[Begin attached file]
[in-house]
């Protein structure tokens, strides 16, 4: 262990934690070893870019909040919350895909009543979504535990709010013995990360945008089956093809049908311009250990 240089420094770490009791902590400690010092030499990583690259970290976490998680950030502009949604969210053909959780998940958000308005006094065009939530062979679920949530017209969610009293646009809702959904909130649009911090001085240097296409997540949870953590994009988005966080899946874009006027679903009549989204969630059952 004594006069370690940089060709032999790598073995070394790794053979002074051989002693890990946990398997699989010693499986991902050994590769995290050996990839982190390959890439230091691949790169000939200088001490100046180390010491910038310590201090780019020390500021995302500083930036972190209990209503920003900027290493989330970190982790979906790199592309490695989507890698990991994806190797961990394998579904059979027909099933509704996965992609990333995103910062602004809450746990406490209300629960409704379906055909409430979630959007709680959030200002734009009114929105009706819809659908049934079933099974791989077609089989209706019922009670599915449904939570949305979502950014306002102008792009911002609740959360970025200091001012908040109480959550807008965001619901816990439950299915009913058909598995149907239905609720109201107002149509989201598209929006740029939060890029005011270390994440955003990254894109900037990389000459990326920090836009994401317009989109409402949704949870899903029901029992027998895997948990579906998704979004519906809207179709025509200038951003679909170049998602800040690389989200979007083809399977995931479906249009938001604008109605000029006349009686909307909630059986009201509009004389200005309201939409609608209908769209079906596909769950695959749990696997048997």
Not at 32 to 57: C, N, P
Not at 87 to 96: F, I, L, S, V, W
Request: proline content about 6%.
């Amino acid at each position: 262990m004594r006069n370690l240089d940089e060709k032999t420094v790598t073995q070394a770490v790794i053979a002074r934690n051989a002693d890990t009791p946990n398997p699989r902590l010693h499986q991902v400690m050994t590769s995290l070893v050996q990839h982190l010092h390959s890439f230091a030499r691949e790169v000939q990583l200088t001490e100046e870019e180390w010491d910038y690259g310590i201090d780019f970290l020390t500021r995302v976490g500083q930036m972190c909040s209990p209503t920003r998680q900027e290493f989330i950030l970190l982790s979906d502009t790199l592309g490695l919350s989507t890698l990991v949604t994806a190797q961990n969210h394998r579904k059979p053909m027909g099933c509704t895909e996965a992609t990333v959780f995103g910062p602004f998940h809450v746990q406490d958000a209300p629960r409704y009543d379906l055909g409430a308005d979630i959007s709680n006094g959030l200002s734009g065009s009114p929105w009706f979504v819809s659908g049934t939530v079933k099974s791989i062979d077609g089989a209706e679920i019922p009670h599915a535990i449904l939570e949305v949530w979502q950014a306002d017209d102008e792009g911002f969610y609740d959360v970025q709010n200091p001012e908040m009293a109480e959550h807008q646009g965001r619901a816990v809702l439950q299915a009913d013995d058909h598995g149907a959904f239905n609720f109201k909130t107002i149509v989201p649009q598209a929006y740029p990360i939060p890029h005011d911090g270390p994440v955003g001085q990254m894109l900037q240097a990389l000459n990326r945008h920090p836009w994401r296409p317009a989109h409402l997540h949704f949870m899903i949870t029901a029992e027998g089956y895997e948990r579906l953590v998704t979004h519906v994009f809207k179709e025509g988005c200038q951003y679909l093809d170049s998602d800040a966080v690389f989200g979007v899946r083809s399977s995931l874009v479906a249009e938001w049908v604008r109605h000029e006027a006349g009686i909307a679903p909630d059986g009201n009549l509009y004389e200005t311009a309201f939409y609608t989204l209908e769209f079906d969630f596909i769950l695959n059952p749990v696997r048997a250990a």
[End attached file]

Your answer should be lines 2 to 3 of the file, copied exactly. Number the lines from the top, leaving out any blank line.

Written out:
């Protein structure tokens, strides 16, 4: 262990934690070893870019909040919350895909009543979504535990709010013995990360945008089956093809049908311009250990 240089420094770490009791902590400690010092030499990583690259970290976490998680950030502009949604969210053909959780998940958000308005006094065009939530062979679920949530017209969610009293646009809702959904909130649009911090001085240097296409997540949870953590994009988005966080899946874009006027679903009549989204969630059952 004594006069370690940089060709032999790598073995070394790794053979002074051989002693890990946990398997699989010693499986991902050994590769995290050996990839982190390959890439230091691949790169000939200088001490100046180390010491910038310590201090780019020390500021995302500083930036972190209990209503920003900027290493989330970190982790979906790199592309490695989507890698990991994806190797961990394998579904059979027909099933509704996965992609990333995103910062602004809450746990406490209300629960409704379906055909409430979630959007709680959030200002734009009114929105009706819809659908049934079933099974791989077609089989209706019922009670599915449904939570949305979502950014306002102008792009911002609740959360970025200091001012908040109480959550807008965001619901816990439950299915009913058909598995149907239905609720109201107002149509989201598209929006740029939060890029005011270390994440955003990254894109900037990389000459990326920090836009994401317009989109409402949704949870899903029901029992027998895997948990579906998704979004519906809207179709025509200038951003679909170049998602800040690389989200979007083809399977995931479906249009938001604008109605000029006349009686909307909630059986009201509009004389200005309201939409609608209908769209079906596909769950695959749990696997048997």
Not at 32 to 57: C, N, P